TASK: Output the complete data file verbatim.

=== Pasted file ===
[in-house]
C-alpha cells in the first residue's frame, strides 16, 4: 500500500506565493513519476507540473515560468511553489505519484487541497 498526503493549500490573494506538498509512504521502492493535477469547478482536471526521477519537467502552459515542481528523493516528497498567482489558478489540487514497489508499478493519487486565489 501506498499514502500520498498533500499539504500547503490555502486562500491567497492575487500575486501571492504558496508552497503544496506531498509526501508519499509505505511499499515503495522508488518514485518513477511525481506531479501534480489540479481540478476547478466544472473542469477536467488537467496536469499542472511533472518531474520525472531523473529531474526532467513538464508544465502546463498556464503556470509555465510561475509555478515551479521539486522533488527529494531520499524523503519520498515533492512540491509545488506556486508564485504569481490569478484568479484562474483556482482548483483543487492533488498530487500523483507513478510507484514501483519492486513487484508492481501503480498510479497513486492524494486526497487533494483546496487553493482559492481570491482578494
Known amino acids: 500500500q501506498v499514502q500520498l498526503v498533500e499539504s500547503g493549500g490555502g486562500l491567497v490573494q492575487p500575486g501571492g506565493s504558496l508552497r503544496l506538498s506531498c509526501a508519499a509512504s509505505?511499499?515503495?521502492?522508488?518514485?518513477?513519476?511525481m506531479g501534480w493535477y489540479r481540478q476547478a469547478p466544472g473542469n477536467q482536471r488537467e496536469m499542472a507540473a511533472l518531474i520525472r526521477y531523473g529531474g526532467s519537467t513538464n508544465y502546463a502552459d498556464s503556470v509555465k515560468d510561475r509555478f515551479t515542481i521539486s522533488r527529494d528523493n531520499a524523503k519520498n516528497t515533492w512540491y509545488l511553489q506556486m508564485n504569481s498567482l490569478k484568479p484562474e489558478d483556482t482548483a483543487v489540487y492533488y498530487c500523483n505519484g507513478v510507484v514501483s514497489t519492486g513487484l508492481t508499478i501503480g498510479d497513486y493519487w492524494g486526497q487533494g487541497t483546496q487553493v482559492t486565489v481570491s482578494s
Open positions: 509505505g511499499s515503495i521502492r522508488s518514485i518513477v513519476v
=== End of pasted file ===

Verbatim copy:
[in-house]
C-alpha cells in the first residue's frame, strides 16, 4: 500500500506565493513519476507540473515560468511553489505519484487541497 498526503493549500490573494506538498509512504521502492493535477469547478482536471526521477519537467502552459515542481528523493516528497498567482489558478489540487514497489508499478493519487486565489 501506498499514502500520498498533500499539504500547503490555502486562500491567497492575487500575486501571492504558496508552497503544496506531498509526501508519499509505505511499499515503495522508488518514485518513477511525481506531479501534480489540479481540478476547478466544472473542469477536467488537467496536469499542472511533472518531474520525472531523473529531474526532467513538464508544465502546463498556464503556470509555465510561475509555478515551479521539486522533488527529494531520499524523503519520498515533492512540491509545488506556486508564485504569481490569478484568479484562474483556482482548483483543487492533488498530487500523483507513478510507484514501483519492486513487484508492481501503480498510479497513486492524494486526497487533494483546496487553493482559492481570491482578494
Known amino acids: 500500500q501506498v499514502q500520498l498526503v498533500e499539504s500547503g493549500g490555502g486562500l491567497v490573494q492575487p500575486g501571492g506565493s504558496l508552497r503544496l506538498s506531498c509526501a508519499a509512504s509505505?511499499?515503495?521502492?522508488?518514485?518513477?513519476?511525481m506531479g501534480w493535477y489540479r481540478q476547478a469547478p466544472g473542469n477536467q482536471r488537467e496536469m499542472a507540473a511533472l518531474i520525472r526521477y531523473g529531474g526532467s519537467t513538464n508544465y502546463a502552459d498556464s503556470v509555465k515560468d510561475r509555478f515551479t515542481i521539486s522533488r527529494d528523493n531520499a524523503k519520498n516528497t515533492w512540491y509545488l511553489q506556486m508564485n504569481s498567482l490569478k484568479p484562474e489558478d483556482t482548483a483543487v489540487y492533488y498530487c500523483n505519484g507513478v510507484v514501483s514497489t519492486g513487484l508492481t508499478i501503480g498510479d497513486y493519487w492524494g486526497q487533494g487541497t483546496q487553493v482559492t486565489v481570491s482578494s
Open positions: 509505505g511499499s515503495i521502492r522508488s518514485i518513477v513519476v